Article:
Jump to the main content block
:::
News
Print
    “Power of Perseverance” chronicles Taiwan’s history of quarantine in 2 cycles of 60 years and details Taiwan’s relentless efforts in stopping diseases at border to ensure health and wellbeing of public
    Publication Date:2018-02-01 Data Sources:Centers for Disease Control, R.O.C.(Taiwan)

    (Press Releases)

    Border quarantine is the first line of defense against the importation of communicable diseases. To help all walks of life to understand the significant role border quarantine plays in preventing international spread of diseases and Taiwan’s history of quarantine policies and practices in the past 120 years, the Taiwan Centers for Disease Control (Taiwan CDC) specially invited esteemed researchers who specialize in Taiwanese history at Academia Sinica as well as retired and current quarantine officers to jointly publish the book, “Power of Perseverance-Taiwan’s History of Quarantine in 2 Cycles of 60 Years”. In addition, on January 23, 2018, Taiwan CDC invited Academia Sinica Academician Liu Shi-yung (劉士永) and senior quarantine officer Kang Chi-zhang (康啟彰) to attend the book launch event and discuss the publication of the book and the joys and pains of implementing quarantine efforts.


    The book details the development of Taiwan’s quarantine practices during the past 120 years from 1896 to 2016. During the Japanese occupation period, the public health infrastructure was built and the quarantine mechanism was established. As the standards of living in Taiwan improved, the practices of vessel fumigation and cholera testing of seafood were gradually lifted. In addition, since the 2003 SARS outbreak, Taiwan established fever screening stations at points of entry. Until now, the four major quarantine practices in Taiwan include: proactive surveillance and following-up of all inbound passengers with symptoms (traveler quarantine), vector surveillance and control at points of entry (point of entry hygiene and sanitation), inspection and review of hygiene and sanitation on vessels and issuance of vessel sanitation certificates (vessel hygiene and sanitation), and prevention of importing communicable diseases through transportation (port quarantine). All of these efforts are carried out tirelessly by the front-line quarantine officers day and night, safeguarding the health and wellbeing of the people in Taiwan.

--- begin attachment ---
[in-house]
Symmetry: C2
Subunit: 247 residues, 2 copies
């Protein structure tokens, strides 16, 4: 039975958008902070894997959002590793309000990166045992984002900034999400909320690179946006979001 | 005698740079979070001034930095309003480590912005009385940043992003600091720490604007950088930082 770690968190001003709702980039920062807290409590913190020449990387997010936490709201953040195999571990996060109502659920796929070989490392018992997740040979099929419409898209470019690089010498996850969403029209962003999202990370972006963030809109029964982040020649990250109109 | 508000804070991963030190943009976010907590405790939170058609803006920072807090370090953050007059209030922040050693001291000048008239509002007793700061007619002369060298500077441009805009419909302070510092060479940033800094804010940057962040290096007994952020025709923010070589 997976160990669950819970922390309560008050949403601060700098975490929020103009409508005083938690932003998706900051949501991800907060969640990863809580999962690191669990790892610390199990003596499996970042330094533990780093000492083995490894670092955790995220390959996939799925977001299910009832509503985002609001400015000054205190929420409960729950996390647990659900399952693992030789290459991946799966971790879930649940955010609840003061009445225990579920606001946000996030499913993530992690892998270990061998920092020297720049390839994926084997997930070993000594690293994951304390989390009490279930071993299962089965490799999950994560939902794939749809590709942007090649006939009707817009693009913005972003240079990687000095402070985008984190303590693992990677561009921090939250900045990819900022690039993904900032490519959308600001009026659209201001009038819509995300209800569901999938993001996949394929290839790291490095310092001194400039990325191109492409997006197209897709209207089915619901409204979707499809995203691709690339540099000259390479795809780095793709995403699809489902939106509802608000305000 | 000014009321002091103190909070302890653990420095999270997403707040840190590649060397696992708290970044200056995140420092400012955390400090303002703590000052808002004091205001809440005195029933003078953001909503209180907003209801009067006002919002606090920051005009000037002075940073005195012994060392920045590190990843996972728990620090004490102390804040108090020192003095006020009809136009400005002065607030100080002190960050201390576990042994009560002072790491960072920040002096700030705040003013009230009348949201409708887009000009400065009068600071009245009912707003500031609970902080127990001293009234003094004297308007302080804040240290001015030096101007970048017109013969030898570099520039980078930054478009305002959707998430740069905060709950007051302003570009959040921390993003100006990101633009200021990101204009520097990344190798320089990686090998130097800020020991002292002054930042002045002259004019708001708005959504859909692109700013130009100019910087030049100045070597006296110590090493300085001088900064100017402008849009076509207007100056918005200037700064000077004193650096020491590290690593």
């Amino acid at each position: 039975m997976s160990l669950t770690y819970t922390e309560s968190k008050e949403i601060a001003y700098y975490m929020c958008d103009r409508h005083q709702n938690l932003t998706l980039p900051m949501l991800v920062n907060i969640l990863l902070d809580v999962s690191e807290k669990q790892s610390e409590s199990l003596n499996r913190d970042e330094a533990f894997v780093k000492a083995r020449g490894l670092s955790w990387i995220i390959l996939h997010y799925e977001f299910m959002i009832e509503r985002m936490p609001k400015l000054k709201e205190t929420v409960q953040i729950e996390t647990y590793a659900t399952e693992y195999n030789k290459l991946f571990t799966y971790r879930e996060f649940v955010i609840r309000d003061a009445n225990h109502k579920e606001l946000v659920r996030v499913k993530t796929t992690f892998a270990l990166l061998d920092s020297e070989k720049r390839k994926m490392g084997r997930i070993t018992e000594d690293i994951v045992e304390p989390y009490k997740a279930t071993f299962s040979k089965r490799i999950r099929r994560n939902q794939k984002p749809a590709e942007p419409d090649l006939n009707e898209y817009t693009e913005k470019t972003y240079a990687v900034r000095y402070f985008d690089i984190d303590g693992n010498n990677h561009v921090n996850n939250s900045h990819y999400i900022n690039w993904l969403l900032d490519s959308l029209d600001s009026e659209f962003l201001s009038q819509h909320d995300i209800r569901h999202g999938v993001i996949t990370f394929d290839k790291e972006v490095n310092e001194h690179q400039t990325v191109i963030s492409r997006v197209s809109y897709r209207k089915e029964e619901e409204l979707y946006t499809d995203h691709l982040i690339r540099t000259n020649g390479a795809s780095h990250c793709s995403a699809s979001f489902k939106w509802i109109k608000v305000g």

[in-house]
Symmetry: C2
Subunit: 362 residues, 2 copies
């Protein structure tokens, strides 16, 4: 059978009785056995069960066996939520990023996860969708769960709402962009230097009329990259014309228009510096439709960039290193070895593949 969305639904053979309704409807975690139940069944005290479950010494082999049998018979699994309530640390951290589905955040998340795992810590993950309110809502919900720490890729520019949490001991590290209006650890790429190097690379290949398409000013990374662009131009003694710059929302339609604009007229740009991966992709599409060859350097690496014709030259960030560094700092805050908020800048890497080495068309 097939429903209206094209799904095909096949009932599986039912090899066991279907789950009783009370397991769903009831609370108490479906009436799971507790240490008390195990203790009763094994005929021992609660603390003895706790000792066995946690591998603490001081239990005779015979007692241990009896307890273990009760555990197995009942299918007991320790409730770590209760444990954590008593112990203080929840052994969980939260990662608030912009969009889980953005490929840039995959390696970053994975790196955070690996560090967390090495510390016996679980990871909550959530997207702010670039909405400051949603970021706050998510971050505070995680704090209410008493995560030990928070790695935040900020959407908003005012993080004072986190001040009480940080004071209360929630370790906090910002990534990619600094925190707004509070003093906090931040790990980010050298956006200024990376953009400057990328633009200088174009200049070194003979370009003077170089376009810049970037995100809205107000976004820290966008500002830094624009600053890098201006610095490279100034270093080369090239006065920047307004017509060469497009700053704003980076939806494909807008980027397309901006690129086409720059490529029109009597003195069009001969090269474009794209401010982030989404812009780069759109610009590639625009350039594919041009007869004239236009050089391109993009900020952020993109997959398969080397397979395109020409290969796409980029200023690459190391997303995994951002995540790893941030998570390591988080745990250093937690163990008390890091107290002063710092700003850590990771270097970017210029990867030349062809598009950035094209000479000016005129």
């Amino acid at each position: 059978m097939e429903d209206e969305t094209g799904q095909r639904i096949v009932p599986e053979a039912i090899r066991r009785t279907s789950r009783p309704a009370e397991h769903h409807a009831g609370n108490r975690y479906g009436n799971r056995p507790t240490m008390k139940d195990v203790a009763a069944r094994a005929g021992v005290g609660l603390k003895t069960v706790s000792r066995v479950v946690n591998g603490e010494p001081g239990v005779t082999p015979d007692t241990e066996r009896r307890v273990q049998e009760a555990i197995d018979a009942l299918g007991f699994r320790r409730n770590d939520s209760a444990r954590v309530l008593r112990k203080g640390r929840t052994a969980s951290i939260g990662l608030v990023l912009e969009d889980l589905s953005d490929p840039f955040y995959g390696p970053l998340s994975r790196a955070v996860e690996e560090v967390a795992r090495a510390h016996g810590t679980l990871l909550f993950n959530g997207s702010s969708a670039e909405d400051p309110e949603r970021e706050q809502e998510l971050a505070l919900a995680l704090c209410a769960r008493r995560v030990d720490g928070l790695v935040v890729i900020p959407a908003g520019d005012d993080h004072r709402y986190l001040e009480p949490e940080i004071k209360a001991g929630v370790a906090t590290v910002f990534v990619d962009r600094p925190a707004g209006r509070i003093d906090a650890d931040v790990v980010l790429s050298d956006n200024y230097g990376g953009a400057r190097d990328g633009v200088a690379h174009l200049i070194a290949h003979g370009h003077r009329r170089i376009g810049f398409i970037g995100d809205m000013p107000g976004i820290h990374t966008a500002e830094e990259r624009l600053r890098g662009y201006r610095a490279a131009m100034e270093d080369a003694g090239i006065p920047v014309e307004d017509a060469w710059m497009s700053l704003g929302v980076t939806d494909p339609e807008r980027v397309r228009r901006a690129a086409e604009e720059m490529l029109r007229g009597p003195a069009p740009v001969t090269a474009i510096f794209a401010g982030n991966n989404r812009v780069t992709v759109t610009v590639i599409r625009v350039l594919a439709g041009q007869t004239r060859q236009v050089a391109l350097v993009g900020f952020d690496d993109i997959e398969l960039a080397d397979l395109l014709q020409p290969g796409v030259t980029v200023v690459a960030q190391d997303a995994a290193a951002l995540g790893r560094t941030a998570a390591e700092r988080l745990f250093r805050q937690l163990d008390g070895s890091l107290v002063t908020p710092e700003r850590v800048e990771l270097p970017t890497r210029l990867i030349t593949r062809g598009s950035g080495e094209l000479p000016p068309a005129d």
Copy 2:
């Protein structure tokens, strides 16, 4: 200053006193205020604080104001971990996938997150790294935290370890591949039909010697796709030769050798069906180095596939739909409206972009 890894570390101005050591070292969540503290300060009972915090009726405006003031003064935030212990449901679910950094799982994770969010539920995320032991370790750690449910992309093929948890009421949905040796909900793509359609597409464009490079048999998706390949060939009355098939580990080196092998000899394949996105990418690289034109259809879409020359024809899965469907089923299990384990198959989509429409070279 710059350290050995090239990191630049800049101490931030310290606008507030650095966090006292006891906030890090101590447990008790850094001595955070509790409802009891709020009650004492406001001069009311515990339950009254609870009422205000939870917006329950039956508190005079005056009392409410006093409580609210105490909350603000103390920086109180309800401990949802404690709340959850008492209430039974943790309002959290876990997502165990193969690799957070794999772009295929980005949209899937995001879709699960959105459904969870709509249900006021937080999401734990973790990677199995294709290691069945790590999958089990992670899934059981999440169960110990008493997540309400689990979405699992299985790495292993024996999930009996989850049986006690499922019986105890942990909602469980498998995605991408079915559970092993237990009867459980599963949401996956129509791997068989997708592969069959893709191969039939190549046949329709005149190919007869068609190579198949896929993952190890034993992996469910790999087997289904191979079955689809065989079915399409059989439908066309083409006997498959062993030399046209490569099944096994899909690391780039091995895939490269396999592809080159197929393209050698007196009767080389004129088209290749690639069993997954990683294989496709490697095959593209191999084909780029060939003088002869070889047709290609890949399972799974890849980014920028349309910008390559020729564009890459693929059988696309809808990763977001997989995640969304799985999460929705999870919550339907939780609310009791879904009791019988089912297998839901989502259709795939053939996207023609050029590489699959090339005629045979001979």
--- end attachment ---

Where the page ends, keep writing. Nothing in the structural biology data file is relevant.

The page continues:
In line with the scope and spirit of the International Health Regulations 2005 (IHR 2005), Taiwan has been formulating and adopting various prevention measures without interfering international transportation and trade. Under the guidance and full support of the Executive Yuan, Taiwan developed the IHR core capacity requirements at 7 designated points of entry that cover more than 95% of the total visitor arrivals/departures and cargo throughput, which have been demonstrated in the numerous past battles against infectious diseases. For instance, during the Ebola outbreak in West Africa in 2014-15 and the MERS-CoV outbreak in Korea in 2015, our quarantine teams at designated points of entry worked closely with other agencies to reinforce health education among departing travelers, strengthen inbound quarantine efforts, activate the implementation of on-board quarantine measures, and implement emergency referral. All of the aforementioned efforts show the smooth operation of the communication mechanism in place and the capacity to respond to emergency events. On the other hand, since the Zika outbreaks that occurred in 2016, Taiwan has successfully detected several imported Zika cases, effectively buying time for epidemic preparedness. Simultaneously, Taiwan has also been proactively monitoring Zika activity in neighboring countries, contributing to the prevention of international spread of the disease. All of these achievements rely on the establishment of the border quarantine capacity and its continuous operation and maintenance.
     

    According to the statistics compiled by Taiwan CDC, a total of 154 dengue cases, 8 chikungunya cases and 2 Zika cases were detected through border screening in 2017. Early detection of diseases does not only promptly identify cases, but also facilitates the implementation of necessary prevention measures in the community, which will help effectively prevent the occurrence of outbreaks. Nevertheless, along with frequent international exchange and diversification in tourism, border quarantine has been facing multi-faceted challenges. As a result, beginning this year, Taiwan is implementing “Reinforced BorderQuarantine and Cross-Border Collaboration for Disease Prevention– Phase I Project” to continuously improve our capacity to tackle infectious diseases through four major strategies, including the establishment of intelligent quarantine network, improving the quality and quantity of quarantine personnel, reinforcing the concept of travel medicine and strengthening international exchange of experiences, in order to ensure the health and wellbeing of the public.

     
    • Last modified at 2018-01-26
    • Data from Division of Planning and Coordination
    :::